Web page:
Remembering Myra Kraft, 'Jewess with attitude'
Last Friday, a temple in a Boston suburb was filled to overflowing. Among the 1500 or so people present were the National Football League’s 2011 MVP and the host of NBC’s hit show, “The Celebrity Apprentice,” the Presidents of the oldest Catholic college in New England and of the only nonsectarian Jewish-sponsored university in the country (the President of Harvard was there, too), Boston Cardinal Sean O’Malley, Governor Deval Patrick, and Mayor Tom Menino.
It is difficult to think of another woman, never mind a Jewish woman, whose funeral would have attracted such a large, diverse, and illustrious crowd. Myra Hiatt Kraft, who died of cancer on July 20, was not a Hollywood celebrity; she was not a star athlete or a powerful politician. She was the daughter of one successful businessman—Jacob Hiatt—and the wife of another—Robert Kraft, owner (among other things) of the New England Patriots.
She used her position to take tikkun olam to a whole new level. “You call someone, they get right back to you,’’ she told a reporter in 1997. “Even if they think you’re calling for money.’’ Since their marriage in 1964, the Krafts gave away over 100 million dollars. They were generous benefactors of Israeli institutions and of Brandeis, her alma mater, but they also endowed a professorship of comparative religion at the College of the Holy Cross. From 1983 to 2011, Myra Hiatt Kraft served on the board of the Boston Boys and Girls Club and, in 1995, became the first woman in the organization’s 120-year history to chair that board.
How did Myra Kraft become, in the words of the current chair of the Boys and Girls Club, “the one person in our community who so clearly stood as an example of service, of commitment to good works and of giving back”? The answer lies 50 miles west of Boston in Worcester, New England’s second largest city, where she was born and raised.
Her father was Jacob Hiatt, who emigrated from Lithuania in 1935. His parents, sisters, and brother remained behind and perished in the Holocaust. He settled in Worcester and went to work setting up shoe boxes for his cousin Al Hiatt's shoe business. Years later, that store became Stride Rite Shoe, a successful manufacturer, and Jacob Hiatt's used his box-making skills to found the Rand-Whitney Group, a successful packaging company.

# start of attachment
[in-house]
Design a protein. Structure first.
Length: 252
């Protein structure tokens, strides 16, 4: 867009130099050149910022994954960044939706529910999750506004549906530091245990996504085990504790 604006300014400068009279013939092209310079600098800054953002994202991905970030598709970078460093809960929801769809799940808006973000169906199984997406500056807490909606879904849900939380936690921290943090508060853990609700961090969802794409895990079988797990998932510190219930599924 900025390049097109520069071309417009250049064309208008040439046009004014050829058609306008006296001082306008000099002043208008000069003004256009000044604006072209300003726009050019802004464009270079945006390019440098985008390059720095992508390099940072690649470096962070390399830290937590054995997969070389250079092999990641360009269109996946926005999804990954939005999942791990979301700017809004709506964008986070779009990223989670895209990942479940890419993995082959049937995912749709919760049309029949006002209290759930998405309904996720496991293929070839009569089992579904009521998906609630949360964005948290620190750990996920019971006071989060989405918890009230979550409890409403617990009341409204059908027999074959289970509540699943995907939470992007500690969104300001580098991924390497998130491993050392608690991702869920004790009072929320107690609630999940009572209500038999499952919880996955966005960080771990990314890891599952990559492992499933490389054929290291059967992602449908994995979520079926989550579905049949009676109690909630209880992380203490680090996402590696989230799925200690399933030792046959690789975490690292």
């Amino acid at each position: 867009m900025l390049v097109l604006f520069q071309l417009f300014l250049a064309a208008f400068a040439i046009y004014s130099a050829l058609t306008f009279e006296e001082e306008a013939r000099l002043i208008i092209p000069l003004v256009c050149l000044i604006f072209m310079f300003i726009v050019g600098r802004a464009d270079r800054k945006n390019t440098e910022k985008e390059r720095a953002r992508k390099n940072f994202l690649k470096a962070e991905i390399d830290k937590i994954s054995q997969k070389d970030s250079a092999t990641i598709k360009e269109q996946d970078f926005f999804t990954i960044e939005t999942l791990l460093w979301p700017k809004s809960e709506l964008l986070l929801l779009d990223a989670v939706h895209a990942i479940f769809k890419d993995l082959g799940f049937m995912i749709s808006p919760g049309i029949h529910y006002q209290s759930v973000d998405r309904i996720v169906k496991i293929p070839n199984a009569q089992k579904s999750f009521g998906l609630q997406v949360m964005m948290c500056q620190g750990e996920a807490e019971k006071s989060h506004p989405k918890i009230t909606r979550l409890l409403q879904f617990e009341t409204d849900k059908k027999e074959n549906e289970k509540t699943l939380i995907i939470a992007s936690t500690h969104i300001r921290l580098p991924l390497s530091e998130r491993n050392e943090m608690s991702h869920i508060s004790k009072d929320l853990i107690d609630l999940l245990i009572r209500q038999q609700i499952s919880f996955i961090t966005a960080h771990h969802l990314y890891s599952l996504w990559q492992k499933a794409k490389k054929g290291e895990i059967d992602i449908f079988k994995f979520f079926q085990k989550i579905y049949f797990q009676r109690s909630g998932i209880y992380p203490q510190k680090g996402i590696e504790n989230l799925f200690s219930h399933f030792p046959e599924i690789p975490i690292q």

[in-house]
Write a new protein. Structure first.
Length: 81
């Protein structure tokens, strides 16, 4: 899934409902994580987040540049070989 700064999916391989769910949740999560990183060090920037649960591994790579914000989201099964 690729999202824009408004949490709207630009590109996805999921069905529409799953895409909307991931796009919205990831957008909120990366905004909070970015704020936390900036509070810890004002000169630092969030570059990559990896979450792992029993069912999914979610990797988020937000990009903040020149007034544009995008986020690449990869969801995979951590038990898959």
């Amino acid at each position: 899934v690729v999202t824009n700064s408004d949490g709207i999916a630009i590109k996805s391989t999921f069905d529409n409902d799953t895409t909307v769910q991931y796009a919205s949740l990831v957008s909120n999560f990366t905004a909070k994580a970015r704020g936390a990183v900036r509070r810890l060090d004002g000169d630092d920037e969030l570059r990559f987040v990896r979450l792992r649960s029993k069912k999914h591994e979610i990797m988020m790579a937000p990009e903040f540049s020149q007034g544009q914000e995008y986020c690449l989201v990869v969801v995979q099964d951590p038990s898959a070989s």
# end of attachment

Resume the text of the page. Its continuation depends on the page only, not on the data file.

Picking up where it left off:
In 1963, his 20-year-old daughter married Robert Kraft, who had attended Columbia University on scholarship and Harvard Business School. Kraft went to work for his father-in-law and developed the Rand-Whitney Group into International Forest Products, the largest privately held paper and packaging company in the United States.
While her father was known as one of Worcester’s greatest patrons of education, the arts, and religious causes, Myra was quick to credit her mother Frances as a force in philanthropy and volunteerism. In 2008, she told Worcester Living Magazine, "My mother was on the board of many organizations in Worcester. She was on boards of banks, hospitals and Girls Inc. Every year Girls Inc. had some kind of writing contest and she was always involved with that. I remember her reading all of the entries."
This is just the way Myra liked to be involved, beginning when she was a young child. In one family story, at the age of five, she decided “to go out to the neighborhood to raise money for the poor children in Europe and Palestine. I went door to door. My mother was getting frantic, because I was late and she had no idea where I was,” she told the Jerusalem Post in 2008. “I came in dragging this sack of money.’’ Her hands-on approach helped redefine the role of a philanthropist.
“My parents passed down that you give back. That's the way I was raised," she said. "If you are fortunate to be able to give back you should do it. If not in money, then in time."
“It’s easy to write a check,’’she told the Boston Globe in 2007. “But this is what … my occupation is. I don’t know how to play bridge, nor do I want to learn how to play bridge. This is what I do.’’
Myra Hiatt Kraft could undoubtedly have been a terrific bridge player, but I know I am not the only one who is glad she never learned how.
Click here for the Telegram's slideshow of images of Myra Kraft and her family.